9781138791053 (hardback) 1138791059 (hardback) 9781315763132 (e-book)
Other Standard Identifiers
Routledge research in IT and E-commerce law.
Bibliography, etc. Note
Includes bibliographical references (pages 209-216) and index.
Formatted Contents Note
Table of cases Acknowledgments 1. Introduction Unwanted attention The democratization of the media Permissible and impermissible speech Goals: Building a framework for addressing conflicts between privacy and free speech ; Formulating principles of privacy ethics ; Grounding privacy ; Reevaluating case law ; Distinguishing ethical and legal judgments The book's layout 2. The value of privacy Defining privacy Why privacy is valuable: Reputation ; Avoiding unjust punishment, and the "right to be forgotten" ; Property ; A lack of privacy is objectively harmful ; Intimacy, relational harms, and the need to compartmentalize ; No harm no foul? ; Trust ; Dignity and respect for persons ; Privacy, toleration, and community Summary 3. Legitimate privacy interests Terminology: legitimate privacy interests and reasonable expectations of privacy The plain view principle, modified Which means of observation are legitimate? the careful and carefree societies Qualifying the plain view principle: One may reasonably expect privacy when one's dignity is implicated ; One can have a legitimate privacy interest that information not be spread to circles wider than one willingly exposed oneself to ; Controlling the intended audience of one's message ; Clarifying what counts as "readily accessible through legitimate means" ; Consent Conclusion: privacy in public places 4. The value of free speech Reasons free speech is valuable Should interests in free speech be put on a balancing scale?: The E.U. vs the U.S. The slippery slope objection to protecting only some speech The speech that merits legal protection Do legal protections of free speech apply only to professional journalists? Deciding what is newsworthy: Substitutability (Finger and Kim Phuc) ; Non-newsworthy details of a newsworthy event (Y.G and L.G.) ; Newsworthy for a select group, non-newsworthy for the general public (Parnigoni) Conclusion 5. Balancing privacy and free speech: Utilitarianism, its limits, and tolerating the sensitive Introduction The framework: Interests and rights ; Balancing privacy against free speech (as opposed to public safety) ; The utilitarian approach ; Limits of a utilitarian approach Feasibility problems The respect and dignity problem Toleration and respect for persons Weighing reasons and considerations without making a utilitarian calculation 6. Cases Publicizing private facts: Private facts in private places (Rear Window, Lake v. Wal-Mart) ; Private facts that are newsworthy (Alvarado, Kaysen) ; Private facts in public places (Upskirt videos, Dennison, Turnbull) Cases at the border (Riley, Vazquez, and Wood) Publicizing public facts: Public facts that are not newsworthy (the baseball fan) ; Publicizing newsworthy public facts (Public meetings and lectures, police conduct, arrests) 7. Remedies Google Glass with face recognition Remedies: New social norms ; Legal remedies and their limits Other alternatives Technology and architecture Market solutions and their limits Conclusion.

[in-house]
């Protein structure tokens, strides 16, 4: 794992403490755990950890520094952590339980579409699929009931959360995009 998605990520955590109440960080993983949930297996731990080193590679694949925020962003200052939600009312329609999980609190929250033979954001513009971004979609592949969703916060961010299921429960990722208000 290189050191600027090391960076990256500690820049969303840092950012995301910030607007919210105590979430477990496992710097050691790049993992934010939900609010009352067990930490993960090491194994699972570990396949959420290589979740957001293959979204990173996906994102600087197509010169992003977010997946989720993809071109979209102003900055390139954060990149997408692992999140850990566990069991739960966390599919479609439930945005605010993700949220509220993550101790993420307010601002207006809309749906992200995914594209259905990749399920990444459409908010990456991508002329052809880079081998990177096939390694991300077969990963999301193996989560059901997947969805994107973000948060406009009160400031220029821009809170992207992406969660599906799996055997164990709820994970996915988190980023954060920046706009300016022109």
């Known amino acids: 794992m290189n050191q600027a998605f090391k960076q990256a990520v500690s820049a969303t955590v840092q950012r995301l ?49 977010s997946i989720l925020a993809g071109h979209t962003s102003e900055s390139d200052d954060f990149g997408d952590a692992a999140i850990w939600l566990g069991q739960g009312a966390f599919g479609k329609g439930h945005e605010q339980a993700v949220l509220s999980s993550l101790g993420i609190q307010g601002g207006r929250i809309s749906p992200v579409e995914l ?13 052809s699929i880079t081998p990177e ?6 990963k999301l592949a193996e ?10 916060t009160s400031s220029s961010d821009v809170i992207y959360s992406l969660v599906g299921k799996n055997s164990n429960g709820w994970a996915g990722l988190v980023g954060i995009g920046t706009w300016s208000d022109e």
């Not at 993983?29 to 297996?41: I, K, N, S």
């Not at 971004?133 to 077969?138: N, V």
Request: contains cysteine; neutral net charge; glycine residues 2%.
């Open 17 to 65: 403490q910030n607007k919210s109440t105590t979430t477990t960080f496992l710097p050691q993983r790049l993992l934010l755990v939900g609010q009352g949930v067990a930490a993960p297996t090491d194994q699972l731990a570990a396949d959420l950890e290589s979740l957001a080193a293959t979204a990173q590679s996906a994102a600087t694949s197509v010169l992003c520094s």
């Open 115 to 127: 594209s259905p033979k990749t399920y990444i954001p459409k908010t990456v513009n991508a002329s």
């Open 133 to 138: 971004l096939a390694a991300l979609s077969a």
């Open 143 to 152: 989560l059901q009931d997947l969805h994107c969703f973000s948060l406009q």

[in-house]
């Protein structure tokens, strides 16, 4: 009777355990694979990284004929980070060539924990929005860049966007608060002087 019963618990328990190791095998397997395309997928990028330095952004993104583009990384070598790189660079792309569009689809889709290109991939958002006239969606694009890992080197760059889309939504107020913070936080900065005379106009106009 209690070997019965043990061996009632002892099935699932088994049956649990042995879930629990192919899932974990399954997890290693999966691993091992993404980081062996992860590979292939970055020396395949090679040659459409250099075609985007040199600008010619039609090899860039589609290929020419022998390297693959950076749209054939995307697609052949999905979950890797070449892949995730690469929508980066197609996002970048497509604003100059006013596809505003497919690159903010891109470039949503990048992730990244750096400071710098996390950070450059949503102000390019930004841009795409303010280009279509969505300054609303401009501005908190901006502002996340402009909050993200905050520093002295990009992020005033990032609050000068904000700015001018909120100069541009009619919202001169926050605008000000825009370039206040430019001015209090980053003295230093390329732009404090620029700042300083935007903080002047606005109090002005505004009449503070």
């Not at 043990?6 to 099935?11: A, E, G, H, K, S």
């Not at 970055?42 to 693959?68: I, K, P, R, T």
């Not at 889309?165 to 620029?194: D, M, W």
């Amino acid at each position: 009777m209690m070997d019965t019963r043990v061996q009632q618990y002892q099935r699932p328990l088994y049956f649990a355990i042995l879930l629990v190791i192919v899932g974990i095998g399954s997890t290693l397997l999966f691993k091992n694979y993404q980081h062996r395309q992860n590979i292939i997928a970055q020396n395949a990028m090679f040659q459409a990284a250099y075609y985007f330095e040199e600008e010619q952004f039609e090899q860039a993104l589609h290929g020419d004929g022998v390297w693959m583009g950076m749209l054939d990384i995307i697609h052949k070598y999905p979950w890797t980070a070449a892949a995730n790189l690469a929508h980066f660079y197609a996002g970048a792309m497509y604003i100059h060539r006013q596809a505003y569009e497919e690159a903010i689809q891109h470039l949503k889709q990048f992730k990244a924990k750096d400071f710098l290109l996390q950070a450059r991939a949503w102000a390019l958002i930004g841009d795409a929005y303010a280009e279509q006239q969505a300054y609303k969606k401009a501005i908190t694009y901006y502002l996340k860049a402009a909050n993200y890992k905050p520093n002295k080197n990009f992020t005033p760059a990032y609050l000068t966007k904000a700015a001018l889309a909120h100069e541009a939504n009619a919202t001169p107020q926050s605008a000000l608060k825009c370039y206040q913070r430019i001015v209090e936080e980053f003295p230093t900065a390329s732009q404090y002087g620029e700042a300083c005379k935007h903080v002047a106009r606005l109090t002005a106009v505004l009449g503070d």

K564.C6 T86 2015
London ; New York : Routledge, Taylor & Francis Group, 2015.